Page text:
Tunneling Ingress to Kubernetes Workloads

Tunneling Ingress to Kubernetes Workloads


11 min read

The previous post showed how to use a zero trust overlay like Ziti for transferring files by zitifying scp. Next up in the list of zitifications is kubectl. Kubernetes is a container orchestration system. Its purpose is to deploy, scale, and manage the deployment containers. Containers are self-contained, pre-built images of software generally with a singular purpose. Developers often like using containers for various reasons. One major reason developers like containers is because it simplifies the deployment of the solutions they are developing. This is where Kubernetes starts to come into focus.

In this article we'll use a cloud provider to create a Kubernetes cluster to use. I'm using Oracle OKE in this article but there are numerous Kubernetes providers and any of them will work but clearly the commands I'm running here are Oracle specific. Once created we will then access the cluster three ways:

  1. Via the public Kubernetes API secured via mTLS. This is the default, out-of-the-box mechanism provided by Kubernetes.

  2. Via a tunneling app. I run Windows, so I'll use the Ziti Desktop Edge for Windows.

  3. Via a zitified kubectl.

Here's where we'll get to see the power of a truly zitified application. We'll be able to access our cluster extremely securely using the Ziti overlay network without installing an additional agent. Once access to the cluster comes entirely from the Ziti Network, we will be able to turn public access to the Kubernetes management API off entirely!

About Kubernetes

If you aren't already familiar with Kubernetes then it's probably best for you to stop reading and learn a little about it first. Though this article only expects you to understand the most rudimentary of commands, it won't teach you enough about Kubernetes to understand the what's and why's. Lots of documentation on this topic already exist and are just a search away in your search engine of choice.

Kubernetes itself is not a container engine, it's an orchestrator. This means that Kubernetes knows how to interface with container engines to perform deployments and management of workloads on the behalf of operators. This provides people with a common abstraction to use when doing this management and deployment. Interacting with the Kubernetes API is made easy by using the command-line tool: kubectl.

kubectl provides numerous commands and utilities to interact with your Kubernetes cluster. It does this by creating REST requests to a well-known endpoint. This endpoint is a highly-valuable target as it is the entry-point to the cluster. Plenty of blogs exist already on the internet addressing how to secure this endpoint but in this post we'll take it one step further than ever before by removing the Kubernetes control plane from the internet entirely. Following that we will even go one step further by replacing the existing kubectl command with a zero-trust implementation leveraging the ziti golang sdk.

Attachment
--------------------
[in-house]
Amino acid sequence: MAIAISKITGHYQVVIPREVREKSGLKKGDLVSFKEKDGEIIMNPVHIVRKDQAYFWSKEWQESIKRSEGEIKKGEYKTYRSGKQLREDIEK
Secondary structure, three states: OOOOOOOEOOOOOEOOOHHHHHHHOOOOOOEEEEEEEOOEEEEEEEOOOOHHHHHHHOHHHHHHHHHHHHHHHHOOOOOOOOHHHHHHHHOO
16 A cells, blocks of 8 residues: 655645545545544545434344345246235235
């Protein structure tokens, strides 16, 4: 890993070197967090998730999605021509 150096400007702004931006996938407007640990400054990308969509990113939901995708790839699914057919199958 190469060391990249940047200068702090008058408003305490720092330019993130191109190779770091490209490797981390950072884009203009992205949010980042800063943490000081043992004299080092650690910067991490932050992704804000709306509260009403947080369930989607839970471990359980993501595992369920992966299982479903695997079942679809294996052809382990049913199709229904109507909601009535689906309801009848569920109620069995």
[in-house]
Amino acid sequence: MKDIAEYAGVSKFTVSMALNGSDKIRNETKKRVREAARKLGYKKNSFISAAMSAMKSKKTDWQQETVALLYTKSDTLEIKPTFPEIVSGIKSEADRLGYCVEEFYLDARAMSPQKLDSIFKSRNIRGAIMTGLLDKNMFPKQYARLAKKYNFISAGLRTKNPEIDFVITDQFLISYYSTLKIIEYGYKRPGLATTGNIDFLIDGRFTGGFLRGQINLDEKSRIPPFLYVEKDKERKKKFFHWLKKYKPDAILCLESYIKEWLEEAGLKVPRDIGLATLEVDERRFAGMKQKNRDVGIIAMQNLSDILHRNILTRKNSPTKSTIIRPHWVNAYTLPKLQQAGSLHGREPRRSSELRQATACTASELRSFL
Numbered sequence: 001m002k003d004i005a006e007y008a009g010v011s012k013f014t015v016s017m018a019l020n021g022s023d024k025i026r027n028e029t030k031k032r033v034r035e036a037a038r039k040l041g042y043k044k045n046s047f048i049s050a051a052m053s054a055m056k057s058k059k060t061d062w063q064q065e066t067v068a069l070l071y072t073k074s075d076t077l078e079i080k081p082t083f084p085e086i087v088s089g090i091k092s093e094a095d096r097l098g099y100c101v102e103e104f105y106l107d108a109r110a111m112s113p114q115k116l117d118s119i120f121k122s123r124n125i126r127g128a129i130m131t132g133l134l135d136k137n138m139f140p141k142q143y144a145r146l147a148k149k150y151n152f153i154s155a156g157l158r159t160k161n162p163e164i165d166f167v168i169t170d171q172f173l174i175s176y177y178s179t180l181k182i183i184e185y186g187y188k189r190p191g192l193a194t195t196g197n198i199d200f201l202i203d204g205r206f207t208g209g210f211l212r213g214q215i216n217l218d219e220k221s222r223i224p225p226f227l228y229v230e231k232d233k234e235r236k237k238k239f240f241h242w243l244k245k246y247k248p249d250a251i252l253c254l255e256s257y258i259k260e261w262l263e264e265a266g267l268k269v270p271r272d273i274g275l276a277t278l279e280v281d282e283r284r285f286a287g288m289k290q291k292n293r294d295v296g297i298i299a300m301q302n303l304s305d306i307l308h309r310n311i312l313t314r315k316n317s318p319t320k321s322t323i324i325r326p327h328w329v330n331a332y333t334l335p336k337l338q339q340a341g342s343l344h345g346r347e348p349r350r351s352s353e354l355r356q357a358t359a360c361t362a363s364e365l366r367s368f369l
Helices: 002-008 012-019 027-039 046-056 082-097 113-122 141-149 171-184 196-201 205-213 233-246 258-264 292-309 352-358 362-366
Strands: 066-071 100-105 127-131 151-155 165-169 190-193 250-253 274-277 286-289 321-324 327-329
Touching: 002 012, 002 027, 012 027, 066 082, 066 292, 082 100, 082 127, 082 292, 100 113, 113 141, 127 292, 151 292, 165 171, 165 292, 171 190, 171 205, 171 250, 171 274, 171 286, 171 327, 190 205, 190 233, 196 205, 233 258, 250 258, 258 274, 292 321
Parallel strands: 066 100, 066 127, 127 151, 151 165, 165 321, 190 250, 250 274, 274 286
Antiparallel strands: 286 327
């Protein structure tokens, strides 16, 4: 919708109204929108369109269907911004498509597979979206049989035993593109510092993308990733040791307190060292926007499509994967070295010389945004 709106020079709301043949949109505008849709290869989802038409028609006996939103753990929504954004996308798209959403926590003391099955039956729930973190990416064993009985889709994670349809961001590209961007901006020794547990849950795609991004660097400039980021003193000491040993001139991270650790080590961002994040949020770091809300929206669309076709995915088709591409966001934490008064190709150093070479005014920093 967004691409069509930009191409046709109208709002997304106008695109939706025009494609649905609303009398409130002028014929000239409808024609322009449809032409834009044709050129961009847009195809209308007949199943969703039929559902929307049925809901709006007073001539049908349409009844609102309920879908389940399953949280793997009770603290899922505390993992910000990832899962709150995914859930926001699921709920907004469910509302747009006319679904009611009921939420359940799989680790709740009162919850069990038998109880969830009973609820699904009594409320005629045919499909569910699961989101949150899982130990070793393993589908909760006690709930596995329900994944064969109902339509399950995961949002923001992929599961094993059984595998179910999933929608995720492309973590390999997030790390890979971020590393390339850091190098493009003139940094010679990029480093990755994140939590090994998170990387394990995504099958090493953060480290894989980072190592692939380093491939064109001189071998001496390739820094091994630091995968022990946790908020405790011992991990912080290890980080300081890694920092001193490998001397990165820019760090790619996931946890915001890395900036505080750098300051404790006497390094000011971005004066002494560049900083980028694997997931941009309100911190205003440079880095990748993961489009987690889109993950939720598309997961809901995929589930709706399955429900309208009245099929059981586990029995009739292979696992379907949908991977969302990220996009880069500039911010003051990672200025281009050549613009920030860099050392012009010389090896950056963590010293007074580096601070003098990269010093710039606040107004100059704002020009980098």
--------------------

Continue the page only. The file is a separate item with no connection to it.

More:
If you'd prefer to watch a video that goes over the same content contained in the rest of this article you can go ahead and click here to watch.


Below is an overview of the Ziti Network I created for this article. On the left you can see that the client, my computer, runs Windows 10. Inside Windows 10 I run linux and bash using Ubuntu via Windows Subsystem For Linux (WSL). If you run Windows and don't have WSL installed I would encourage you to install and learn it! In my bash shell I have downloaded the linux version of kubectl created by combining the Ziti Golang SDK into it. You can grab it from this link if you like or go check out the code on GitHub and build it yourself!


Solution Overview


Basic Ziti Setup

To accomplish our stated goals, we will need not only an existing Ziti Network but we'll also have to configure that network accordingly. Here's a list of the components necessary to deliver Kubernetes with our zero-trust network:

  1. A configuration for the Bind side of the service. This informs the identity within Kubernetes where to send traffic and how.

  2. A configuration for the Dial side of the service. This is strictly only necessary for tunneling apps. In this example, for the Ziti Desktop Edge for Windows and specifies what host and port will be intercepted on the machine running the stock kubectl. for Windows.

  3. The service itself which ties our polices mentioned above together.

  4. A Bind service-policy which specifies which identities are allowed to act as a "host" for the service (meaning an identity to send traffic to which knows where and how to offload that traffic). In our example this will be the ziti-edge-tunnel running in a Kubernetes pod.

  5. A Dial service-policy which specifies the identities allowed to access the service. This will be the identity using

  6. Create two identities - one for the Bind side of the service (deployed within the Kubernetes cluster) and one for the Dial or client side.